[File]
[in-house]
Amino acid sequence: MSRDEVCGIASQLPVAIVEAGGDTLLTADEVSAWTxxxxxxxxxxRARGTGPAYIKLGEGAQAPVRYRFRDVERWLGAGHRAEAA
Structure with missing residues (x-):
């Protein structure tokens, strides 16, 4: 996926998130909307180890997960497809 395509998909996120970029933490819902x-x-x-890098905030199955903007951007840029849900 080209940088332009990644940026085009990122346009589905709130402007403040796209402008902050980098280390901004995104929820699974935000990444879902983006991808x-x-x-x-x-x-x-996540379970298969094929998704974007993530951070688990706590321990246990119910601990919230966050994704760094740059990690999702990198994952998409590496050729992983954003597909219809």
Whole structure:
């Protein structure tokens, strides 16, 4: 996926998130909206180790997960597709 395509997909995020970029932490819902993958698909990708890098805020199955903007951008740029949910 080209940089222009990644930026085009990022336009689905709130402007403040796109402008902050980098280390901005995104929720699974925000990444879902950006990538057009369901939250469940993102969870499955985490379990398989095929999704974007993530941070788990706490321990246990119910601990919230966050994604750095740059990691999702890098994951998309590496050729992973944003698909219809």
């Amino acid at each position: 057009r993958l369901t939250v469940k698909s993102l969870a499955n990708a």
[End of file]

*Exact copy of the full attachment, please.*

[in-house]
Amino acid sequence: MSRDEVCGIASQLPVAIVEAGGDTLLTADEVSAWTxxxxxxxxxxRARGTGPAYIKLGEGAQAPVRYRFRDVERWLGAGHRAEAA
Structure with missing residues (x-):
């Protein structure tokens, strides 16, 4: 996926998130909307180890997960497809 395509998909996120970029933490819902x-x-x-890098905030199955903007951007840029849900 080209940088332009990644940026085009990122346009589905709130402007403040796209402008902050980098280390901004995104929820699974935000990444879902983006991808x-x-x-x-x-x-x-996540379970298969094929998704974007993530951070688990706590321990246990119910601990919230966050994704760094740059990690999702990198994952998409590496050729992983954003597909219809």
Whole structure:
């Protein structure tokens, strides 16, 4: 996926998130909206180790997960597709 395509997909995020970029932490819902993958698909990708890098805020199955903007951008740029949910 080209940089222009990644930026085009990022336009689905709130402007403040796109402008902050980098280390901005995104929720699974925000990444879902950006990538057009369901939250469940993102969870499955985490379990398989095929999704974007993530941070788990706490321990246990119910601990919230966050994604750095740059990691999702890098994951998309590496050729992973944003698909219809």
């Amino acid at each position: 057009r993958l369901t939250v469940k698909s993102l969870a499955n990708a």